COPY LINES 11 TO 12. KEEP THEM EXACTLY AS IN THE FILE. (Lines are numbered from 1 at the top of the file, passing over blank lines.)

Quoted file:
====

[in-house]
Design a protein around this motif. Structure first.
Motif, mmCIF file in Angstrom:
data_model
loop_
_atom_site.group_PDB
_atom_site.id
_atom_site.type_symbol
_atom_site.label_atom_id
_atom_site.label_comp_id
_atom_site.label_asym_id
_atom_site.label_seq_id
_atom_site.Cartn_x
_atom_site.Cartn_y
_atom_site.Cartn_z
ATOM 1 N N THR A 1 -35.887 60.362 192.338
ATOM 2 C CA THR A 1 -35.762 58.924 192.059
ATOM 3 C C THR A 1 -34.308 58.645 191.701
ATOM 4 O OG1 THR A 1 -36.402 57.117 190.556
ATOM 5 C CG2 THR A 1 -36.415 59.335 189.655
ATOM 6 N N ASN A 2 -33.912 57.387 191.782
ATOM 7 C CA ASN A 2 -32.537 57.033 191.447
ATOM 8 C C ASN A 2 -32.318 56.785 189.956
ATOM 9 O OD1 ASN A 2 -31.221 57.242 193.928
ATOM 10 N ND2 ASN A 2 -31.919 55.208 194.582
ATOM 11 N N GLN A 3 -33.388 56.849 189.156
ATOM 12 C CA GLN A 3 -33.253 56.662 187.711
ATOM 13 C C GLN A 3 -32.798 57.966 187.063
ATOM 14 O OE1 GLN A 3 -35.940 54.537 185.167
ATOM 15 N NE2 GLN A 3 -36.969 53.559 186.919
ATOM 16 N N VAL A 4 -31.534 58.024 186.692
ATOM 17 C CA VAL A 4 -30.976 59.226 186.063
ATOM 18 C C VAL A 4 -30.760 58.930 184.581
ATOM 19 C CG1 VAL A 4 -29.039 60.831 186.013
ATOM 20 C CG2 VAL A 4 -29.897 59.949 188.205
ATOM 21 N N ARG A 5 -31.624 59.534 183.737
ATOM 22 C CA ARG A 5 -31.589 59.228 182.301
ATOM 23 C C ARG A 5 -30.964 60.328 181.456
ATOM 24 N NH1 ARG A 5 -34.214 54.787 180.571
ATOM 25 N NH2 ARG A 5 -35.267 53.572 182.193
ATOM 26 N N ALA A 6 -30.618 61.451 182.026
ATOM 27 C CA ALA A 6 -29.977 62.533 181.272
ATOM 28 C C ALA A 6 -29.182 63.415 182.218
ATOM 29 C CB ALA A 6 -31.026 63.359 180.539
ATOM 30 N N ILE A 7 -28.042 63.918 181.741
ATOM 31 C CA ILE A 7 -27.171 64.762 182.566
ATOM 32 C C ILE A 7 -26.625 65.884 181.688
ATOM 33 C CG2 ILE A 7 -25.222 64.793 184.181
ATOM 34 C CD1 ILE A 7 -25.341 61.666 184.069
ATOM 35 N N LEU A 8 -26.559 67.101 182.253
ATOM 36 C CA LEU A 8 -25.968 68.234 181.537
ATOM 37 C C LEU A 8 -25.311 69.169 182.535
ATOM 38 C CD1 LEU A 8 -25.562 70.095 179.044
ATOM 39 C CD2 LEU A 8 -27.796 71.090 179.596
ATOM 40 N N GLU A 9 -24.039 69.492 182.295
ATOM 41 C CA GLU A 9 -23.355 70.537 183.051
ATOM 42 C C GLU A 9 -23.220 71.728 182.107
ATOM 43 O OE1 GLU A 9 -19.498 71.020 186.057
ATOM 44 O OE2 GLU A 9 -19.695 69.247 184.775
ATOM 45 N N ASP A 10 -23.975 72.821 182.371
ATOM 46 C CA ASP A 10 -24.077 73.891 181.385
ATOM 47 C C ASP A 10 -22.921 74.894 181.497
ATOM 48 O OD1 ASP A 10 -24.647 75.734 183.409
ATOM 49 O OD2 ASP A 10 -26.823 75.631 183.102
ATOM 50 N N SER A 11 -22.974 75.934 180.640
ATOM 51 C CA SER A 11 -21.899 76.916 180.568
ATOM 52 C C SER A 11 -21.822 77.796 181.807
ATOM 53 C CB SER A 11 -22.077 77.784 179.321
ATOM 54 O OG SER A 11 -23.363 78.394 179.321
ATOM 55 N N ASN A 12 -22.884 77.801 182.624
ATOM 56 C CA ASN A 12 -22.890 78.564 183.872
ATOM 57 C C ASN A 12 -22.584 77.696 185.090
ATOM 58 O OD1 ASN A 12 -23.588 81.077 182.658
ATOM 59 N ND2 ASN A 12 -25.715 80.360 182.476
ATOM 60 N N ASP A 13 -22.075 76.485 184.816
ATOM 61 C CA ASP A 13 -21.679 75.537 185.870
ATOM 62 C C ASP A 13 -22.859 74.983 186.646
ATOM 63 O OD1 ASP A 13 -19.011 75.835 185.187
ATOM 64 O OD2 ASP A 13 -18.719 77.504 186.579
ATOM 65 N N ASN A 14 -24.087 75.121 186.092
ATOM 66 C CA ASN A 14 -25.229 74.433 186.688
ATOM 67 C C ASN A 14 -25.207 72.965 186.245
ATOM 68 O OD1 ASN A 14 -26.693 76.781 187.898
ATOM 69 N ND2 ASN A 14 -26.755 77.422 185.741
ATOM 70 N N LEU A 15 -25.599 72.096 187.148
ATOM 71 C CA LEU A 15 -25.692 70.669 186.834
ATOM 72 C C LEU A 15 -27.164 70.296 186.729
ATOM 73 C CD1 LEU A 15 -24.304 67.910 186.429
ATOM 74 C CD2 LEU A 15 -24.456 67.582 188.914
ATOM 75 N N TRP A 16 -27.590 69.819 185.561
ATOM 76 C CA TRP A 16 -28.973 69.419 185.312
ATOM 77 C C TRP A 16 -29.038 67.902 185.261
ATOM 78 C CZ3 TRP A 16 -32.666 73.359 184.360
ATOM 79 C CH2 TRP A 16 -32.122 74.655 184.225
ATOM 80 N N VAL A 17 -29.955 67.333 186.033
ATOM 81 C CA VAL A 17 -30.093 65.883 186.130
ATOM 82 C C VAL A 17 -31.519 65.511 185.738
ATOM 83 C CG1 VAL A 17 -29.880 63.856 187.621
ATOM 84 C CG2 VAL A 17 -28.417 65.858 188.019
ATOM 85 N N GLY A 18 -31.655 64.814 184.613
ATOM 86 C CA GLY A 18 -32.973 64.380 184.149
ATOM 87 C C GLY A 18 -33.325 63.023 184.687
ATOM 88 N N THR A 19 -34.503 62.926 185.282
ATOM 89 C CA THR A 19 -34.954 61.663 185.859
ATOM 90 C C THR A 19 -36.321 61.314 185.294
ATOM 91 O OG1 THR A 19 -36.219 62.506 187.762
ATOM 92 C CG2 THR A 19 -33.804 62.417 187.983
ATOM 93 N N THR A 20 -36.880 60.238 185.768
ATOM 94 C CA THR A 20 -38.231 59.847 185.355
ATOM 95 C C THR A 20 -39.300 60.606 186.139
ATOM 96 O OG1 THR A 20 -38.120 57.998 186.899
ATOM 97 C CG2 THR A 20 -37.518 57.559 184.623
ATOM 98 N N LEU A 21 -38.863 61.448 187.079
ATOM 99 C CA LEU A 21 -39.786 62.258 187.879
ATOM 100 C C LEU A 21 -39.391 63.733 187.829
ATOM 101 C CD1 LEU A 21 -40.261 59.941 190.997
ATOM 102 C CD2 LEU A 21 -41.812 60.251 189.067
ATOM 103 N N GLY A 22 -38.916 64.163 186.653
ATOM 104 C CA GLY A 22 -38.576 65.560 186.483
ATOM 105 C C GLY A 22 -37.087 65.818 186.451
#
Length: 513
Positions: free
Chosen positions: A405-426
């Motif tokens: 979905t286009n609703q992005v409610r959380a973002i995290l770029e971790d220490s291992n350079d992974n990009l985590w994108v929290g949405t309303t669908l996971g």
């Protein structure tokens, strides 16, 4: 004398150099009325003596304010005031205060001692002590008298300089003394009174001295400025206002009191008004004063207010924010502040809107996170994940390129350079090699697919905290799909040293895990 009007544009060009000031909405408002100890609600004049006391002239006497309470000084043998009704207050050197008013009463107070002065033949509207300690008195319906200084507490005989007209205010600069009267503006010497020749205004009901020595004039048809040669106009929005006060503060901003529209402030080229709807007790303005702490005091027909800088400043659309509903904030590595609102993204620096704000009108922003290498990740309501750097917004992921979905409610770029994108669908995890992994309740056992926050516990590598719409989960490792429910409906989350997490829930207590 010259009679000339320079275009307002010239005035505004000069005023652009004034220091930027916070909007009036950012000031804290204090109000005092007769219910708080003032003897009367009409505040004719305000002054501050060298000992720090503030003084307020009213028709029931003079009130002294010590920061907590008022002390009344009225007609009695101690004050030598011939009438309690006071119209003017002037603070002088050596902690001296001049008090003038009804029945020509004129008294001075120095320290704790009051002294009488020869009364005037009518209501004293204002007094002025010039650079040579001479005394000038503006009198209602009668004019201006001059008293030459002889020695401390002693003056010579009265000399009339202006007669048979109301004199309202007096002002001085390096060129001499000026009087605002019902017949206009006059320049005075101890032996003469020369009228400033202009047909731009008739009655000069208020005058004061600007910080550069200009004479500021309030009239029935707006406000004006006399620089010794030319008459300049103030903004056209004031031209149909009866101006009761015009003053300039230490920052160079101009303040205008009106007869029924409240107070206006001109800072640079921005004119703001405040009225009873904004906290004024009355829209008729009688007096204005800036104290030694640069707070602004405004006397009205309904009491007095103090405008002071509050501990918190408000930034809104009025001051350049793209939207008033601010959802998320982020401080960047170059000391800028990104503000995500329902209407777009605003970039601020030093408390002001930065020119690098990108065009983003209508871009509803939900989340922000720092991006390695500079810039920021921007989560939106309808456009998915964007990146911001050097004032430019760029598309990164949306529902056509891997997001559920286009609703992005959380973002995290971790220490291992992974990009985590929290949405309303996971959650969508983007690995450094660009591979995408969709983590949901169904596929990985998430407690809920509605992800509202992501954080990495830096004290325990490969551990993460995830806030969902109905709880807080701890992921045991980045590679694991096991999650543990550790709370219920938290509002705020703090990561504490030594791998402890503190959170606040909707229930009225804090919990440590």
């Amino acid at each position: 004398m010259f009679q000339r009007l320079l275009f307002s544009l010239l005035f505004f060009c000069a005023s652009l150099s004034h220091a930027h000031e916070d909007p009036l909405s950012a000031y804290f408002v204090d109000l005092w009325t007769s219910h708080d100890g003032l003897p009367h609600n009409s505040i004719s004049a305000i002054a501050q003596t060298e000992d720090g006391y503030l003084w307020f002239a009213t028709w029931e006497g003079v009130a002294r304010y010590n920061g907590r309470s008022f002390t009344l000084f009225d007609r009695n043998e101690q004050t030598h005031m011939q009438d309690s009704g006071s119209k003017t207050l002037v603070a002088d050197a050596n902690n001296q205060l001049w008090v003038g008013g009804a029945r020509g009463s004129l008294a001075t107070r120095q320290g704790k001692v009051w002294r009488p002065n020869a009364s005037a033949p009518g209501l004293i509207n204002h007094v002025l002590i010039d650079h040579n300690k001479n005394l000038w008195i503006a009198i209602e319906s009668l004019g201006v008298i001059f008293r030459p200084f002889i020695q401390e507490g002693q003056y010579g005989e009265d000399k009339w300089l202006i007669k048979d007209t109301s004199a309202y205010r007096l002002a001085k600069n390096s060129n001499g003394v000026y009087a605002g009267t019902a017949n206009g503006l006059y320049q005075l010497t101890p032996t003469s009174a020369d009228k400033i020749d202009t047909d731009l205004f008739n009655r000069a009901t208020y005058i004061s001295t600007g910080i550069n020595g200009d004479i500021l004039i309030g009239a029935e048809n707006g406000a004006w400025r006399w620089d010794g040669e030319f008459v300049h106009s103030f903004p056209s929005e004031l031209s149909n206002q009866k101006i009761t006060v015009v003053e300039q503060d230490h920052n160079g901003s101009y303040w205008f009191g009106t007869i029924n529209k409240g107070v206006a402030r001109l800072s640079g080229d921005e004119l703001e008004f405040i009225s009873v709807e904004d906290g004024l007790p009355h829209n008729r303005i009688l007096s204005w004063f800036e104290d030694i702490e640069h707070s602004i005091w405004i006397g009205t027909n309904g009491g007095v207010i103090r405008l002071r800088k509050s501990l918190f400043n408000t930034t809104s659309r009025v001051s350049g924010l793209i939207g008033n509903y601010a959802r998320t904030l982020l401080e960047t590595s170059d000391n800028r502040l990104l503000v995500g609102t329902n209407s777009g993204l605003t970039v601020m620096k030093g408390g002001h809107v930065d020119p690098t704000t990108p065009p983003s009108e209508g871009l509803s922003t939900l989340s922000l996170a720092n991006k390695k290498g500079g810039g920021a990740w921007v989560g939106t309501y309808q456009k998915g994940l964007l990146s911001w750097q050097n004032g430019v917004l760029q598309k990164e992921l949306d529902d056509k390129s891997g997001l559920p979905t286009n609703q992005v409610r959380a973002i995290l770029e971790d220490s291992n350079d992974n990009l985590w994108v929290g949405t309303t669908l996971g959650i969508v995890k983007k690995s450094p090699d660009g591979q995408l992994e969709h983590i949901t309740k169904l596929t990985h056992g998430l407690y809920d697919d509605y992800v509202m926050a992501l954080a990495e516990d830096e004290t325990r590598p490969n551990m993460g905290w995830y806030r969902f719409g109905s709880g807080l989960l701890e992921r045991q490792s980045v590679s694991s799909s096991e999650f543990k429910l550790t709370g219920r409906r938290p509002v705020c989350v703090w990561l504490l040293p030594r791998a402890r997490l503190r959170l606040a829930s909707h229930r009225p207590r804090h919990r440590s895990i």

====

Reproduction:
_atom_site.label_asym_id
_atom_site.label_seq_id